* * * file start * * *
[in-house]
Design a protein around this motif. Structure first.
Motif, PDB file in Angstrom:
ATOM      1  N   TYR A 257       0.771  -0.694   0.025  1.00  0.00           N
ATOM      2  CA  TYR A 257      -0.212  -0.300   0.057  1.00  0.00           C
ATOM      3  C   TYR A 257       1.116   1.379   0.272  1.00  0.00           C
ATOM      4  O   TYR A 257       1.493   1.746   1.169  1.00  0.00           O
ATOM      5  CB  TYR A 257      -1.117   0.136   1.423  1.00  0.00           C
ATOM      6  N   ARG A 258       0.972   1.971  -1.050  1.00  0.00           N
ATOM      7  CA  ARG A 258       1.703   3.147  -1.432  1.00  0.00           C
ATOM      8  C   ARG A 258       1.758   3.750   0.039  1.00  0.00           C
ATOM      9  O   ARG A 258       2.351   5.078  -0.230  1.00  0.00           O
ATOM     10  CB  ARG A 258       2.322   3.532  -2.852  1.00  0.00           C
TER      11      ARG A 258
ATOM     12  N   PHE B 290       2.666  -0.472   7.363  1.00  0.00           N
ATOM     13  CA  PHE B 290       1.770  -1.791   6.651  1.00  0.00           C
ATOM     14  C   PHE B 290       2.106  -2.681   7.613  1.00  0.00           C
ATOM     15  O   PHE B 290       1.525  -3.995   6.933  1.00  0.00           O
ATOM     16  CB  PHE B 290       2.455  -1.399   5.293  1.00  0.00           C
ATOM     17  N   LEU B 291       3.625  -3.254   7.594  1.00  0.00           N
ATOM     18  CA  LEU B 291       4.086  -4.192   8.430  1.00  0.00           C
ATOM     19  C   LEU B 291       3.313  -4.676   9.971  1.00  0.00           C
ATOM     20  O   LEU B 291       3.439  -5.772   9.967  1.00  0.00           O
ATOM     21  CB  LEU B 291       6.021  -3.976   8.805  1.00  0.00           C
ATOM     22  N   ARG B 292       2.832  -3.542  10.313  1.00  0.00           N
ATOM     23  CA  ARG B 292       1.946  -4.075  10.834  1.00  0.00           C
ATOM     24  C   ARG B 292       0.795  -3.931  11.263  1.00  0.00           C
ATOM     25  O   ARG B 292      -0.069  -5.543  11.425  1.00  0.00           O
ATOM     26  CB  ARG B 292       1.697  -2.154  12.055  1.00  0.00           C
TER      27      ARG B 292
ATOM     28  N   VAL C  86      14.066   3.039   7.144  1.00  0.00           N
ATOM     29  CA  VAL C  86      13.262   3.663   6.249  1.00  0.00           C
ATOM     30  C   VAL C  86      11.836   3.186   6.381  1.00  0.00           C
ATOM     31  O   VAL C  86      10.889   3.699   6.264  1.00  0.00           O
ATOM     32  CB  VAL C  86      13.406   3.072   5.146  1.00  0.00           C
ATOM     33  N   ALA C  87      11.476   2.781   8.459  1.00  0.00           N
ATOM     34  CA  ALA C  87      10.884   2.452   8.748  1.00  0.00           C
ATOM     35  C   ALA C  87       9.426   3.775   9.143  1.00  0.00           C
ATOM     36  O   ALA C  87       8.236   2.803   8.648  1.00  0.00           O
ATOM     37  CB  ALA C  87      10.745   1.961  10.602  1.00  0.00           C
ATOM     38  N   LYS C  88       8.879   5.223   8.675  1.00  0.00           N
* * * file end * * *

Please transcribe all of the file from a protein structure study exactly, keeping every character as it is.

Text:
[in-house]
Design a protein around this motif. Structure first.
Motif, PDB file in Angstrom:
ATOM      1  N   TYR A 257       0.771  -0.694   0.025  1.00  0.00           N
ATOM      2  CA  TYR A 257      -0.212  -0.300   0.057  1.00  0.00           C
ATOM      3  C   TYR A 257       1.116   1.379   0.272  1.00  0.00           C
ATOM      4  O   TYR A 257       1.493   1.746   1.169  1.00  0.00           O
ATOM      5  CB  TYR A 257      -1.117   0.136   1.423  1.00  0.00           C
ATOM      6  N   ARG A 258       0.972   1.971  -1.050  1.00  0.00           N
ATOM      7  CA  ARG A 258       1.703   3.147  -1.432  1.00  0.00           C
ATOM      8  C   ARG A 258       1.758   3.750   0.039  1.00  0.00           C
ATOM      9  O   ARG A 258       2.351   5.078  -0.230  1.00  0.00           O
ATOM     10  CB  ARG A 258       2.322   3.532  -2.852  1.00  0.00           C
TER      11      ARG A 258
ATOM     12  N   PHE B 290       2.666  -0.472   7.363  1.00  0.00           N
ATOM     13  CA  PHE B 290       1.770  -1.791   6.651  1.00  0.00           C
ATOM     14  C   PHE B 290       2.106  -2.681   7.613  1.00  0.00           C
ATOM     15  O   PHE B 290       1.525  -3.995   6.933  1.00  0.00           O
ATOM     16  CB  PHE B 290       2.455  -1.399   5.293  1.00  0.00           C
ATOM     17  N   LEU B 291       3.625  -3.254   7.594  1.00  0.00           N
ATOM     18  CA  LEU B 291       4.086  -4.192   8.430  1.00  0.00           C
ATOM     19  C   LEU B 291       3.313  -4.676   9.971  1.00  0.00           C
ATOM     20  O   LEU B 291       3.439  -5.772   9.967  1.00  0.00           O
ATOM     21  CB  LEU B 291       6.021  -3.976   8.805  1.00  0.00           C
ATOM     22  N   ARG B 292       2.832  -3.542  10.313  1.00  0.00           N
ATOM     23  CA  ARG B 292       1.946  -4.075  10.834  1.00  0.00           C
ATOM     24  C   ARG B 292       0.795  -3.931  11.263  1.00  0.00           C
ATOM     25  O   ARG B 292      -0.069  -5.543  11.425  1.00  0.00           O
ATOM     26  CB  ARG B 292       1.697  -2.154  12.055  1.00  0.00           C
TER      27      ARG B 292
ATOM     28  N   VAL C  86      14.066   3.039   7.144  1.00  0.00           N
ATOM     29  CA  VAL C  86      13.262   3.663   6.249  1.00  0.00           C
ATOM     30  C   VAL C  86      11.836   3.186   6.381  1.00  0.00           C
ATOM     31  O   VAL C  86      10.889   3.699   6.264  1.00  0.00           O
ATOM     32  CB  VAL C  86      13.406   3.072   5.146  1.00  0.00           C
ATOM     33  N   ALA C  87      11.476   2.781   8.459  1.00  0.00           N
ATOM     34  CA  ALA C  87      10.884   2.452   8.748  1.00  0.00           C
ATOM     35  C   ALA C  87       9.426   3.775   9.143  1.00  0.00           C
ATOM     36  O   ALA C  87       8.236   2.803   8.648  1.00  0.00           O
ATOM     37  CB  ALA C  87      10.745   1.961  10.602  1.00  0.00           C
ATOM     38  N   LYS C  88       8.879   5.223   8.675  1.00  0.00           N